In our sample, 70% of medical students agreed with how we defined “pimping,” and 100% of students had experienced it as defined. This helps to solidify the definition as teaching by questioning the student on the subject at hand. The vast majority of students had experienced pimping in group and individual settings either on a daily or weekly basis. Over half of the sample responded that pimping should be used consistently. This is similar to data from Zou et al,28 who found that the majority of students prefer to learn in a more active context. This is in direct contrast to only a minority of the faculty respondents who stated that pimping should be used consistently. This suggests that while most students would like this form of teaching, faculty are reluctant to use it. However, given how often medical students report experiencing and witnessing pimping, faculty may use this modality more than reported.
Interestingly, there were more female than male student respondents (p < 0.0001). While we found no significant difference in frequency or positive/negative perception of pimping based on gender, this does raise the question whether there is a gender-related difference in the use or impact of pimping. Higher survey response rates may be an indicator of level of interest in the survey topic. If this is the case, it may be worthwhile for similar studies to investigate the gender disparities with regard to pimping within the clinical education environment.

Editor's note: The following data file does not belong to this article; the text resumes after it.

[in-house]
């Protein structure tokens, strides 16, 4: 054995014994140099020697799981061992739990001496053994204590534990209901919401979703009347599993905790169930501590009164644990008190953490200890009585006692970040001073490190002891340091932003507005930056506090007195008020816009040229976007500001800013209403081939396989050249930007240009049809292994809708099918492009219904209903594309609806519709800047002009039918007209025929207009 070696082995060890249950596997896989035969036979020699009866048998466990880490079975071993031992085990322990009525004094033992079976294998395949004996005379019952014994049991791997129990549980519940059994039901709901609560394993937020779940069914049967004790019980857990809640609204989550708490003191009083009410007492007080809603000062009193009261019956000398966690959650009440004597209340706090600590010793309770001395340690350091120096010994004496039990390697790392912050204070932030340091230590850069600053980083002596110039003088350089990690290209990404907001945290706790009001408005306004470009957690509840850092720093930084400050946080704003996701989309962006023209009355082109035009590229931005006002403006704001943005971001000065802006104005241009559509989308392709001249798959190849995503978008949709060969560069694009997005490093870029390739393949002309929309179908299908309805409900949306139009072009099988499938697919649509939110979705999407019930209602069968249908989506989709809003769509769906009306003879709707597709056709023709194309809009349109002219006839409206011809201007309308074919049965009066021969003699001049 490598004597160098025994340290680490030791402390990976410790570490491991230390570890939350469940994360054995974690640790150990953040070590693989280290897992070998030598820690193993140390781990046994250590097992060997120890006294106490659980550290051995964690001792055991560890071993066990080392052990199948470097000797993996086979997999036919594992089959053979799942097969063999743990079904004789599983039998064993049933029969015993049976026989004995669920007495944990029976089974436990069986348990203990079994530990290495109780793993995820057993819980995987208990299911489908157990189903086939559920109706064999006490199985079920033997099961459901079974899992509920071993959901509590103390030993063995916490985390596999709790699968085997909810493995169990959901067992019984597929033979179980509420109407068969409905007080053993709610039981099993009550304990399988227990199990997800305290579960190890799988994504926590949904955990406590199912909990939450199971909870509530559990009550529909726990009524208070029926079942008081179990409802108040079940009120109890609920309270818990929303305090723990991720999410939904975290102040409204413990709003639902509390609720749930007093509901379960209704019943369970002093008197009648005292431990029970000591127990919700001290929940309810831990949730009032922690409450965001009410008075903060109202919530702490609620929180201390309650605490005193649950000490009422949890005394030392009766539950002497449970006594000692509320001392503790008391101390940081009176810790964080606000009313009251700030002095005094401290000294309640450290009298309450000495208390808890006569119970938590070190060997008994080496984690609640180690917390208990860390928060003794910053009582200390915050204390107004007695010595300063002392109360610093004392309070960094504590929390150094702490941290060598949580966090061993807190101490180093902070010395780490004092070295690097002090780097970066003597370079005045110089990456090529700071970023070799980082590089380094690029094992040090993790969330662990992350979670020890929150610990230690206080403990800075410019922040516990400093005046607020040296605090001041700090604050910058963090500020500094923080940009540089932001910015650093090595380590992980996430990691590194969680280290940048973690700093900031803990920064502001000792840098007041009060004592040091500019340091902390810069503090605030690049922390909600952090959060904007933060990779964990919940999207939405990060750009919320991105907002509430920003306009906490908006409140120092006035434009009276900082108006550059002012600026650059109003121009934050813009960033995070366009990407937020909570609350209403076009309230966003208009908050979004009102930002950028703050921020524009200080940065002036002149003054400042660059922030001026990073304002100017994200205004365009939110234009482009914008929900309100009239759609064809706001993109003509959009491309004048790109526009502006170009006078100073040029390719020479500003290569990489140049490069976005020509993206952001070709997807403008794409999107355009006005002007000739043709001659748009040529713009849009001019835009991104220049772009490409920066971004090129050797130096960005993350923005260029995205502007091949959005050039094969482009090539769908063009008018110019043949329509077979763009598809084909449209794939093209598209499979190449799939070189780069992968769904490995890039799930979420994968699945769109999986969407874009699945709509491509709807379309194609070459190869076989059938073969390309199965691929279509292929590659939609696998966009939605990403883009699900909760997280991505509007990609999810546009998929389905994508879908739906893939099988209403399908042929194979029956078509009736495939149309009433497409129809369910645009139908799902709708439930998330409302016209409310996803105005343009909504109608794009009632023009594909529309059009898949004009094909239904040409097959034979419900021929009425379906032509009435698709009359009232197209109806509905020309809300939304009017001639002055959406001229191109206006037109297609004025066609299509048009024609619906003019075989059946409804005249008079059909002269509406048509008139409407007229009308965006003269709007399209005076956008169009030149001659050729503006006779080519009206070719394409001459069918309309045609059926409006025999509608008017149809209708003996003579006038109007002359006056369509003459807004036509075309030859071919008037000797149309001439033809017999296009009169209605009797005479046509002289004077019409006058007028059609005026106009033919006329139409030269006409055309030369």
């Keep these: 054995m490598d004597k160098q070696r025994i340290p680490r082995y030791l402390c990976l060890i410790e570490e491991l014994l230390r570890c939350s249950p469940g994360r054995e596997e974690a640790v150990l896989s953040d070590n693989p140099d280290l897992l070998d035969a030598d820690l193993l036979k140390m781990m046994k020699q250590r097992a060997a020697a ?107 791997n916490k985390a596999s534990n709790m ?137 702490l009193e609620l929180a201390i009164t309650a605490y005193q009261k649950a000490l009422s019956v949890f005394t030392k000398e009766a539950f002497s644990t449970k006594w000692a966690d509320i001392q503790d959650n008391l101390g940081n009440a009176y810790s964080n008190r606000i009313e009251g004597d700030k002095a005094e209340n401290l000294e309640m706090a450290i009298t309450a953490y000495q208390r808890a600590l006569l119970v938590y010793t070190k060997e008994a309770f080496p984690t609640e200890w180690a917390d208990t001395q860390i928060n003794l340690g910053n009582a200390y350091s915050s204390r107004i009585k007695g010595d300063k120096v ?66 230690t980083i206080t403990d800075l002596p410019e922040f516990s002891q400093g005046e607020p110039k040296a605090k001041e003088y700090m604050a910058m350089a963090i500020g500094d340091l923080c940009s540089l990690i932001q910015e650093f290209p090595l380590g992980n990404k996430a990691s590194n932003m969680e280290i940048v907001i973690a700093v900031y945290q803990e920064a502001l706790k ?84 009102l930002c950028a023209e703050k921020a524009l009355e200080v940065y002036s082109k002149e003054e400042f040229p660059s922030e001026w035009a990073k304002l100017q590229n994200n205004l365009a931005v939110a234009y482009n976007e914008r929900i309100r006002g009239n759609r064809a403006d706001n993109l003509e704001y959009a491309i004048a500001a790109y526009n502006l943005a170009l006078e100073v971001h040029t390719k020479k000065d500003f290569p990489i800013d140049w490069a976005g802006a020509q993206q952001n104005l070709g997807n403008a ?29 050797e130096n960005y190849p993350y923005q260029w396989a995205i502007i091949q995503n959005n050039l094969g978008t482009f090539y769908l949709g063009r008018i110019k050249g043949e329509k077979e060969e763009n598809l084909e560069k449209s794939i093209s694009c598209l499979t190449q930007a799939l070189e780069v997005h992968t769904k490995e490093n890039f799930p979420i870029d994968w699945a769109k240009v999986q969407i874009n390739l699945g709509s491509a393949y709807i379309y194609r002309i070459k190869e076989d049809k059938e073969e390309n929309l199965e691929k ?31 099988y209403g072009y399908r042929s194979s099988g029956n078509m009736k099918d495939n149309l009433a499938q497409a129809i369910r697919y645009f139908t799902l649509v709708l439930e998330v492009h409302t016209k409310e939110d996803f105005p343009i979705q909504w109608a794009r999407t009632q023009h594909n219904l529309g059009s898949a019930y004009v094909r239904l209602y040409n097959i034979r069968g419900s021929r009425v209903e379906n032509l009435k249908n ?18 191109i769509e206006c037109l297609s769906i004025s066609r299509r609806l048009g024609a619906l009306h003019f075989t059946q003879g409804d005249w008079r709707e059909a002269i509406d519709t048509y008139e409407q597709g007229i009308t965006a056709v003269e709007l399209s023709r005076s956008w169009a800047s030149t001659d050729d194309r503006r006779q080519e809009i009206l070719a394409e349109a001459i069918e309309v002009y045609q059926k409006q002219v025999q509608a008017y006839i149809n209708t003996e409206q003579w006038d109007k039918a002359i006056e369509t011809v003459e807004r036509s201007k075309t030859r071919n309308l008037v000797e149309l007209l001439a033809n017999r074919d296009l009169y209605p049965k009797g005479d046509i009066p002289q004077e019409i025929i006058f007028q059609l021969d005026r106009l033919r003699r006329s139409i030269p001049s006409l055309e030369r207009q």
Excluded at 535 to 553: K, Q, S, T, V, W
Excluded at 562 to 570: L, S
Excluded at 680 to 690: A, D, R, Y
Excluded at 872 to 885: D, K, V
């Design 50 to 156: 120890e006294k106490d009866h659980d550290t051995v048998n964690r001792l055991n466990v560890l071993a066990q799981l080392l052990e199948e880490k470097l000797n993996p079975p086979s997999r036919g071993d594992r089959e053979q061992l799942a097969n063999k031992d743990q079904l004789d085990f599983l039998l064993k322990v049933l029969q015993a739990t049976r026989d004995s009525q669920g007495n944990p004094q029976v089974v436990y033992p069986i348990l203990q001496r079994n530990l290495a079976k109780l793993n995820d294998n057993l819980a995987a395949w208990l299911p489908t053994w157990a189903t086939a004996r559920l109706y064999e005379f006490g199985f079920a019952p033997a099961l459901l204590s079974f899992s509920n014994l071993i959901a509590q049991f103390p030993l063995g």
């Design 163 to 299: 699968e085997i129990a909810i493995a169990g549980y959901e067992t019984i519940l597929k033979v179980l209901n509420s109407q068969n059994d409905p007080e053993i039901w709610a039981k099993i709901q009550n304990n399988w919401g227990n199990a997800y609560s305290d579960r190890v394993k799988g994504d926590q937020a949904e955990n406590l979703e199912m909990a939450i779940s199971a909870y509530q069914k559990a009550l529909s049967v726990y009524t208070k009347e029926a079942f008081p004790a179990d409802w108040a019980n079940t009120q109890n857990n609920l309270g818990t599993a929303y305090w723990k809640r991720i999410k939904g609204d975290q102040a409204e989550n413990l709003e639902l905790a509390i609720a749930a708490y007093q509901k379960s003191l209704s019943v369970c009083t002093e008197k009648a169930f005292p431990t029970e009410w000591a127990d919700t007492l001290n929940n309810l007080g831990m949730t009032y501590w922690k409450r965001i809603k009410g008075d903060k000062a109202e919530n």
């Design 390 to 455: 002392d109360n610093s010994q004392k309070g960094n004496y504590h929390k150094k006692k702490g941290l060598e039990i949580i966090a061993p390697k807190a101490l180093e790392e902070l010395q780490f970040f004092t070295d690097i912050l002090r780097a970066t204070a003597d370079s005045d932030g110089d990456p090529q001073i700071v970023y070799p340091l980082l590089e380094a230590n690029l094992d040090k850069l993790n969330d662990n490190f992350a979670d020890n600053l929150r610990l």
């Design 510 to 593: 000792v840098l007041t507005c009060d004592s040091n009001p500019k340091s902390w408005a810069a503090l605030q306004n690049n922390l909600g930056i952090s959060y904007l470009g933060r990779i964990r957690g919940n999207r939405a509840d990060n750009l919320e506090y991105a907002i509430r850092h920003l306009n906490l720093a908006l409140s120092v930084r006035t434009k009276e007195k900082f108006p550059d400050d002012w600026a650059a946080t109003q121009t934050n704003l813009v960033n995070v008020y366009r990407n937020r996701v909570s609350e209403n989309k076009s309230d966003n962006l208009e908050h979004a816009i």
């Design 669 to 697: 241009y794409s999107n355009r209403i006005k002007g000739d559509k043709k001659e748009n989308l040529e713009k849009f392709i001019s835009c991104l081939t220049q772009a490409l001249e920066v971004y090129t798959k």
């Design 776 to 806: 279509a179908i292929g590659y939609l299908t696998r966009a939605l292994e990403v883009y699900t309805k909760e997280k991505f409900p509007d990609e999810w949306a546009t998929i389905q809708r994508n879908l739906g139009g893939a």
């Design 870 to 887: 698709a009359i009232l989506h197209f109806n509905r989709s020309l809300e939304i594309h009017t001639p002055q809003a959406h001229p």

Students in our study described pimping more commonly as “challenging” and “educational” and less often as “prideful” and “humiliating,” suggesting that students find pimping stressful yet recognize it as educational. This is in contrast to Williams et al,24 who reported it being “intimidating,” “stressful,” and “embarrassing.” Furthermore, we found a discrepancy between student and faculty perceptions of the purpose of pimping. While the majority of students believed pimping was used to reinforce teaching points and test the ability to recall information, a minority perceived pimping as faculty demonstrating their knowledge or reinforcing the power differential that exists within the team. A majority of faculty responded that their intent was to open broader discussions and engage students. Therefore, educational benefits may coexist with the malevolent elements classically associated with pimping. Our data suggest that education regarding pimping for both students and faculty, rather than banning or strongly discouraging it, would be beneficial.